Sander was someone who carved time out for his students, whether they needed five minutes or an hour, former law student Michael L. Moffitt said.
“A lot of people describe him like their grandfather,” Moffitt said. “And the thing with that is, I bet not so many of us actually have a grandfather like Frank Sander. We wish we had a grandfather like Frank Sander.”
Moffitt said he named his daughter Sander because Sander had been such an influential mentor in his life.
“He was gentle and persistent, he was creative and stubborn, he was kind, he was so many things I would associate with a life well-lived,” Moffitt said. “What parent doesn’t want a life well lived for his or her child?”
Many also remembered Sanders for his ability to work well with a wide variety of people.
“In spite of his many far-reaching accomplishments, there was nothing self-aggrandizing about him. Quite the opposite, he was really notable for his humility and also his wit,” Hoffman said. “He was a team player in the best sense of the word, and really rejoiced in the success of the people that he helped.”
Born in Stuttgart, Germany in 1927, Sander escaped to Boston after Kristallnacht when he was 11 years old, and enrolled at Harvard in 1944. Sander initially considered studying for a Ph.D. in mathematics after concentrating in math, but his sister Dora suggested he try law. On a whim, Sander applied to the Law School, later graduating in 1952.
Thomas Sander said his father’s diverse interests manifested themselves in a multidisciplinary approach to his work. For example, Thomas said his mother’s job as a psychiatric social worker at Mass. General Hospital prompted his father to incorporate many social science concepts into one of his textbooks in order to better equip lawyers to deal with real world problems.
Sander was a lover of music, playing flute as president of the Harvard-Radcliffe Orchestra and piccolo in the U.S. Army Band during a year spent at West Point.
Law Professor Martha L. Minow, who played violin and piano with Sander in chamber music events he organized, said Sander’s talents as a musician helped define who he was as a professor.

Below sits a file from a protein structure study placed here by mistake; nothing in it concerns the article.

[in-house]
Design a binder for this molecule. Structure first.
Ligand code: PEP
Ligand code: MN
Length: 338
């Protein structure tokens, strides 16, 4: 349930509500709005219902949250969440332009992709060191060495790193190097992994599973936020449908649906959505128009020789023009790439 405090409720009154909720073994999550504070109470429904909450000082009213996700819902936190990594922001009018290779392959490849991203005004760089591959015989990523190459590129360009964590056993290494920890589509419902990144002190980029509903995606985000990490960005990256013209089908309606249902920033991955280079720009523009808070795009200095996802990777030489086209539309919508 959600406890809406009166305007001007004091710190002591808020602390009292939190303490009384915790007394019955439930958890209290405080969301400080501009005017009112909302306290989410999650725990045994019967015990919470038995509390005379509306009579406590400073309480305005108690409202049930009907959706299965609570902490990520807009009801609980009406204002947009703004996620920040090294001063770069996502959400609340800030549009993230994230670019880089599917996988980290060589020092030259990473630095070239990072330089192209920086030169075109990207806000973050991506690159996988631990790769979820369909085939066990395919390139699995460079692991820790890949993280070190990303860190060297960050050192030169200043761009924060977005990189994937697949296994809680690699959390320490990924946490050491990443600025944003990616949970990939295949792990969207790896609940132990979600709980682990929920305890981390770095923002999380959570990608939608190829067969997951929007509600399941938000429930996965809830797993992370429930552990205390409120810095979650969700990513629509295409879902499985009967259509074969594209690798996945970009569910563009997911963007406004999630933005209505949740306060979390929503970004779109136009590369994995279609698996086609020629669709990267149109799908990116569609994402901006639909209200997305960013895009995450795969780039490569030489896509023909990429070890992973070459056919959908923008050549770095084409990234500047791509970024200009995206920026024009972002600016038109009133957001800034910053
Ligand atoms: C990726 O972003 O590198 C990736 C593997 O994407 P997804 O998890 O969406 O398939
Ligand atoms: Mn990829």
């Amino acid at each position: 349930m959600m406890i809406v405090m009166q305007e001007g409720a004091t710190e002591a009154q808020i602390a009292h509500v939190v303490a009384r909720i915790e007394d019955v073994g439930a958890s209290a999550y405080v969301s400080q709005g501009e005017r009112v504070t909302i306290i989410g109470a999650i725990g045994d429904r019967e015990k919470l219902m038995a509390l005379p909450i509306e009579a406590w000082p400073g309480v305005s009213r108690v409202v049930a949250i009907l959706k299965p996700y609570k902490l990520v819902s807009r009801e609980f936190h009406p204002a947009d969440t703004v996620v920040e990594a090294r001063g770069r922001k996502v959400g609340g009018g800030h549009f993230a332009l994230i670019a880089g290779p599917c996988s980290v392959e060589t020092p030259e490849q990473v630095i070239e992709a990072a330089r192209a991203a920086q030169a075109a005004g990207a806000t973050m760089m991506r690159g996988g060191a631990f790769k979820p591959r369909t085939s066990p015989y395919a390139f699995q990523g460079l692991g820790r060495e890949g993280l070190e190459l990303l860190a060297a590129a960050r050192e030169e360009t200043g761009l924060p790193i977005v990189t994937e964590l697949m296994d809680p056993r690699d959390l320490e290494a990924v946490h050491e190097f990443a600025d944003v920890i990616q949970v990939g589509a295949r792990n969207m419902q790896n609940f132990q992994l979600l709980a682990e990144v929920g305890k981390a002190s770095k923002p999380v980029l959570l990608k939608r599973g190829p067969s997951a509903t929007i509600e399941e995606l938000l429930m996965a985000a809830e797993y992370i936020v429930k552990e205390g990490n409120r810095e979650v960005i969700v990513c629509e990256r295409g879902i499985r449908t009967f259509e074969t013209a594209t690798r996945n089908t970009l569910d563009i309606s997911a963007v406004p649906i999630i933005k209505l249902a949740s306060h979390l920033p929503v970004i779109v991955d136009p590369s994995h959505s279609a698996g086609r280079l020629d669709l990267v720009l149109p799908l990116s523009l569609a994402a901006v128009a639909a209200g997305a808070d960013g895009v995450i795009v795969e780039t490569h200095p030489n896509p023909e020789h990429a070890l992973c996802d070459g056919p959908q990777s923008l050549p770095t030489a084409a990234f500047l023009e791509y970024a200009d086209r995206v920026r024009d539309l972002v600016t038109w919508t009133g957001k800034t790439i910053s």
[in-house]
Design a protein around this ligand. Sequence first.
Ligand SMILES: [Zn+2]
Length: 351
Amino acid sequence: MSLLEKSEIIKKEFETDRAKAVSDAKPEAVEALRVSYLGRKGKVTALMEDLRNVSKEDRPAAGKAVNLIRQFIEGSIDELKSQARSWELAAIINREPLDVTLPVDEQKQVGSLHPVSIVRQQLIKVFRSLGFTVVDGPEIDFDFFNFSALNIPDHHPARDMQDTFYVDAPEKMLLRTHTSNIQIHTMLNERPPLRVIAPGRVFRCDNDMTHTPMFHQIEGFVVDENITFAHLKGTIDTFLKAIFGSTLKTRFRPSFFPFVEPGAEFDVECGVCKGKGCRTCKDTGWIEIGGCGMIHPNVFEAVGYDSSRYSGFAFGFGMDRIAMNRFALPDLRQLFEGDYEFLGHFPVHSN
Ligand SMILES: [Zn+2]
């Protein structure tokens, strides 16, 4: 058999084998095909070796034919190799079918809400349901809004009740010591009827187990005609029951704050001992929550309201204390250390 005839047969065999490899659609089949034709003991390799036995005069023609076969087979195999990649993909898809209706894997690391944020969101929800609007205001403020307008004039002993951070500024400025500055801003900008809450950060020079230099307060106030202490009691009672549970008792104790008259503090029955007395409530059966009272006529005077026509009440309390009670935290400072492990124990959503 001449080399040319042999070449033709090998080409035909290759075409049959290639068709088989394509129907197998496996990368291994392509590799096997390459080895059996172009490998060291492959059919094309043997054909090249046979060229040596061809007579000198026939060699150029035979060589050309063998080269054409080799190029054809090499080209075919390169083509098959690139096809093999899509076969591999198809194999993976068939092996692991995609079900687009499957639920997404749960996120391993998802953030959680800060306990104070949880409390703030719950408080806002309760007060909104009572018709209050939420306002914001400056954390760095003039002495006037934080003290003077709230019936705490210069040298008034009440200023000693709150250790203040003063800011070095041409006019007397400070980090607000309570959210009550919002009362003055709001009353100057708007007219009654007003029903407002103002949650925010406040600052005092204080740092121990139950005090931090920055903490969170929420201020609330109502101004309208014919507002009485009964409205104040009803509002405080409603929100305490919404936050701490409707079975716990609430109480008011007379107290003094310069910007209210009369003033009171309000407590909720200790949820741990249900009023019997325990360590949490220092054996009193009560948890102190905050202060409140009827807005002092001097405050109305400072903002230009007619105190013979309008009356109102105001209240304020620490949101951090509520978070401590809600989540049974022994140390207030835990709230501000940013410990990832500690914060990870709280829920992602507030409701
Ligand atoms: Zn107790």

“To play chamber music, you play alongside other people,” Minow said. “You pay close attention to where others are, and when you do, you can actually make something better than what you could do by yourself.”
Sander loved food—he even printed a homemade restaurant guide called “Frank’s Selected Guide to Good Eats,” which he distributed to students and colleagues in something akin to an early version of Yelp. Sander not only hunted for interesting new culinary experiences, but also sought to share them with others, Thomas Sander said.
Thomas Sander recalled the time his sister brought home bread from a Baltic bakery in Chicago. His father loved the bread so much he began collecting requests from his colleagues, friends, and students and distributing mail-ordered loaves monthly.
Minow said Sander had an unparalleled commitment to creating a sense of community.
“This is not a typical thing for a law professor to do,” Minow said.
Sander is survived by his daughter Alison, two sons, Thomas and Ernest, and four grandchildren. A memorial will be held for Sander at Harvard in the fall.
“The Quakers have a saying, ‘Let your life speak,’ and I think my dad was someone who, in a very quiet way, did speak,” Thomas Sander said.
— Staff writer Sofia W. Tong can be reached at email@example.com.